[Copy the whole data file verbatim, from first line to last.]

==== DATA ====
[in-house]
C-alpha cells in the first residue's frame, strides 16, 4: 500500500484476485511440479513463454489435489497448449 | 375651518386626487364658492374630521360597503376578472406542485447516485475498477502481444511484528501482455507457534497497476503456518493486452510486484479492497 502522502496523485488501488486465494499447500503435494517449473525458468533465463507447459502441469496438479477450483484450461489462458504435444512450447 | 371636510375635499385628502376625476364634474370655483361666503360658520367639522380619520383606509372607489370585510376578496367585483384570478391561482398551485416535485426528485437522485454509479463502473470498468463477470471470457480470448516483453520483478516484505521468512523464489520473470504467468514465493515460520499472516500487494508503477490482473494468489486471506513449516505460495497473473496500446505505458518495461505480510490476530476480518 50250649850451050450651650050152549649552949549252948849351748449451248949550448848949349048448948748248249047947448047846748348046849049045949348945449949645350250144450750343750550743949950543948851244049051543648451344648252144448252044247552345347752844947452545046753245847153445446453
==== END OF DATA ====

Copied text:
[in-house]
C-alpha cells in the first residue's frame, strides 16, 4: 500500500484476485511440479513463454489435489497448449 | 375651518386626487364658492374630521360597503376578472406542485447516485475498477502481444511484528501482455507457534497497476503456518493486452510486484479492497 502522502496523485488501488486465494499447500503435494517449473525458468533465463507447459502441469496438479477450483484450461489462458504435444512450447 | 371636510375635499385628502376625476364634474370655483361666503360658520367639522380619520383606509372607489370585510376578496367585483384570478391561482398551485416535485426528485437522485454509479463502473470498468463477470471470457480470448516483453520483478516484505521468512523464489520473470504467468514465493515460520499472516500487494508503477490482473494468489486471506513449516505460495497473473496500446505505458518495461505480510490476530476480518 50250649850451050450651650050152549649552949549252948849351748449451248949550448848949349048448948748248249047947448047846748348046849049045949348945449949645350250144450750343750550743949950543948851244049051543648451344648252144448252044247552345347752844947452545046753245847153445446453